ABSTRACT: This article provides an overview of the clinical profile of rotavirus vaccine RIX4414 (Rotarix™) in the prevention of rotavirus gastroenteritis (RVGE) in developing countries, followed by a comprehensive review of pharmacoeconomic analyses with the vaccine in low- and middle-income countries. RVGE is associated with significant morbidity and mortality among children <5 years of age in developing countries. The protective efficacy of a two-dose oral series of rotavirus vaccine RIX4414 has been demonstrated in several well designed clinical trials conducted in developing countries, and the ‘real-world’ effectiveness of the vaccine has also been shown in naturalistic and case-control trials after the introduction of universal vaccination programmes with RIX4414 in Latin American countries. The WHO recommends universal rotavirus vaccination programmes for all countries. Numerous modelled cost-effectiveness analyses have been conducted with rotavirus vaccine RIX4414 across a wide range of low- and middle-income countries. Although data sources and assumptions varied across studies, results of the analyses consistently showed that the introduction of the vaccine as part of a national vaccination programme would be very (or highly) cost effective compared with no rotavirus vaccination programme, according to widely used costeffectiveness thresholds for developing countries. Vaccine price was not known at the time the analyses were conducted and had to be estimated. In sensitivity analyses, rotavirus vaccine RIX4414 generally remained cost effective at the highest of a range of possible vaccine prices considered. Despite these favourable results, decisions regarding the implementation of universal vaccination programmes with RIX4414 may also be contingent on budgetary and other factors, underscoring the importance of subsidized vaccination programmes for poor countries through the GAVI Alliance (formerly the Global Alliance for Vaccines and Immunization).PharmacoEconomics 01/2011; 29(11). DOI:10.2165/11207210-000000000-00000 · 3.34 Impact Factor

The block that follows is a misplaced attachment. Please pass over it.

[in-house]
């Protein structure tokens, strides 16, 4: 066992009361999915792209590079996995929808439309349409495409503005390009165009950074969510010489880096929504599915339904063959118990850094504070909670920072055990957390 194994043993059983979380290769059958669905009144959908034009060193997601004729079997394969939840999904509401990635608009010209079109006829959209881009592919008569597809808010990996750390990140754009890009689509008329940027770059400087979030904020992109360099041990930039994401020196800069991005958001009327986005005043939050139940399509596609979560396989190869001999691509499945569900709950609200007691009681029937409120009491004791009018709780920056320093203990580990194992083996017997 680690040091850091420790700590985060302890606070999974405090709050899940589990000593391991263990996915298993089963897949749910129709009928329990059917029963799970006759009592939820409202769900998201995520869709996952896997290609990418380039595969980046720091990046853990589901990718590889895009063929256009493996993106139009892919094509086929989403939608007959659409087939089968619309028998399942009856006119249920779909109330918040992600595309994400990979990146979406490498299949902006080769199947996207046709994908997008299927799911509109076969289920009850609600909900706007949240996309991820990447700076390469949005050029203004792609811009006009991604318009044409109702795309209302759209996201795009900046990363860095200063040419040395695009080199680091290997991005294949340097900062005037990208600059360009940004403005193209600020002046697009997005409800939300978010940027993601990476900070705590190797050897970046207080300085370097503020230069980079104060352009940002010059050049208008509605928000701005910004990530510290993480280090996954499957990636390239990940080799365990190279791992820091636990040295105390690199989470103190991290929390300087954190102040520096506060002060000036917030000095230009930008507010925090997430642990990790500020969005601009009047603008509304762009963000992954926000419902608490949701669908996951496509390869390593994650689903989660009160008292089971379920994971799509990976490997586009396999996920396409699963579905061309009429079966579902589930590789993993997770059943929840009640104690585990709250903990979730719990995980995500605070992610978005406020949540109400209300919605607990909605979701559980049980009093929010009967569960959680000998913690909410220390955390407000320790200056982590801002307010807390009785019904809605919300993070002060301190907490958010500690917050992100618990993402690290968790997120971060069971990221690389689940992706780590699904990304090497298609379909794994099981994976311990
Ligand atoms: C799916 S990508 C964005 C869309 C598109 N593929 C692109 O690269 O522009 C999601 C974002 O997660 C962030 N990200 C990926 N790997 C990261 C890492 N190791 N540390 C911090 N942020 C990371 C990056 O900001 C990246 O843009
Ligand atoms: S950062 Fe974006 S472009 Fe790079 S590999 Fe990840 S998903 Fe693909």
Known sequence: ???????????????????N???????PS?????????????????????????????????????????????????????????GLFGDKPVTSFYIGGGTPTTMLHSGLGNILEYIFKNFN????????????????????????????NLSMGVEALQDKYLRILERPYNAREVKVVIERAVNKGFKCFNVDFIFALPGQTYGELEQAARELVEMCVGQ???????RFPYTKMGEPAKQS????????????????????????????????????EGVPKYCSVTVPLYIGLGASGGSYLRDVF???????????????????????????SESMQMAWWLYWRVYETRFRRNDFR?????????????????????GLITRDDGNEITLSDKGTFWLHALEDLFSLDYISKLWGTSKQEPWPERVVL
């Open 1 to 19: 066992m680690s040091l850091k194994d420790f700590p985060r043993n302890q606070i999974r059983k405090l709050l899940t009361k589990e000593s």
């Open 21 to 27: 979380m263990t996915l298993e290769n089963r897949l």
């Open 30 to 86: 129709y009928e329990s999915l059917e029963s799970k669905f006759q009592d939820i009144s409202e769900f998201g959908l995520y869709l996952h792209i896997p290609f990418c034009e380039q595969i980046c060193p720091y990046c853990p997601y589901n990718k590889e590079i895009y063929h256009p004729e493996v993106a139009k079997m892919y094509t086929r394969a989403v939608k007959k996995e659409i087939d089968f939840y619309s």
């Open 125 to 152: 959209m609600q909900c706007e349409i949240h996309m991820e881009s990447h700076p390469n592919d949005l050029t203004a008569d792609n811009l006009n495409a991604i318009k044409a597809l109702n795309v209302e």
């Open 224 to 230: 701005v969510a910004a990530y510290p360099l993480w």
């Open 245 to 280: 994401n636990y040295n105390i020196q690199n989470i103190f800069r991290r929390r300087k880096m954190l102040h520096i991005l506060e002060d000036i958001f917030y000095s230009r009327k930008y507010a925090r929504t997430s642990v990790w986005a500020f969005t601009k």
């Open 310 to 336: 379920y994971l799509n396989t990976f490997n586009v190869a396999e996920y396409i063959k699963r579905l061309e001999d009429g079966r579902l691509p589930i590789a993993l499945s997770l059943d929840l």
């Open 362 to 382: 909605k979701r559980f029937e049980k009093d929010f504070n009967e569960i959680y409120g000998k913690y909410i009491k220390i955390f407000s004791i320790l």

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ABSTRACT: Diarrhea is a leading cause of mortality for children under 5 years of age, and rotavirus is identified as the main cause of severe diarrhea worldwide. Since 2006, two rotavirus vaccines, Rotarix and Rotateq, have been available in the market. These vaccines have proved to have high efficacy in developed countries. Clinical trials are being undertaken in Asia and Africa, and early clinical results found that the vaccine significantly reduces severe diarrhea episodes due to rotavirus (48.3% for Asia and 30.2% for Africa). The WHO recommended that rotavirus immunization be included in all national immunization programs. Based on WHO's recommendations, the Global Alliance for Vaccines and Immunization decided to provide financial support for rotavirus immunization in the developing world. In this article, we attempted to ascertain the cost-effectiveness of universal rotavirus immunization in developing countries. After an extensive literature search, we identified and evaluated 15 cost-effectiveness studies conducted in the developing world. The results from these studies showed that rotavirus immunization is a cost-effective strategy and one of the best interventions to prevent rotavirus-related diarrheal disease. However, rotavirus vaccines are expensive and the vaccine price appears to be the most challenging and crucial factor for decision-makers regarding whether to introduce this vaccine into developing countries' immunization schedules. All the studies concluded that rotavirus immunization is cost effective but may not be affordable for the developing world at present. Developing countries will definitely rely on financial support from international organizations to introduce rotavirus vaccination. It is recommended that more research on cost-effective rotavirus immunization with updated data be conducted and new rotavirus vaccine candidates be developed at a cheaper price to speed up the introduction of rotavirus immunization to the developing world.Expert Review of Vaccines 07/2011; 10(7):1037-51. DOI:10.1586/erv.11.65 · 4.22 Impact Factor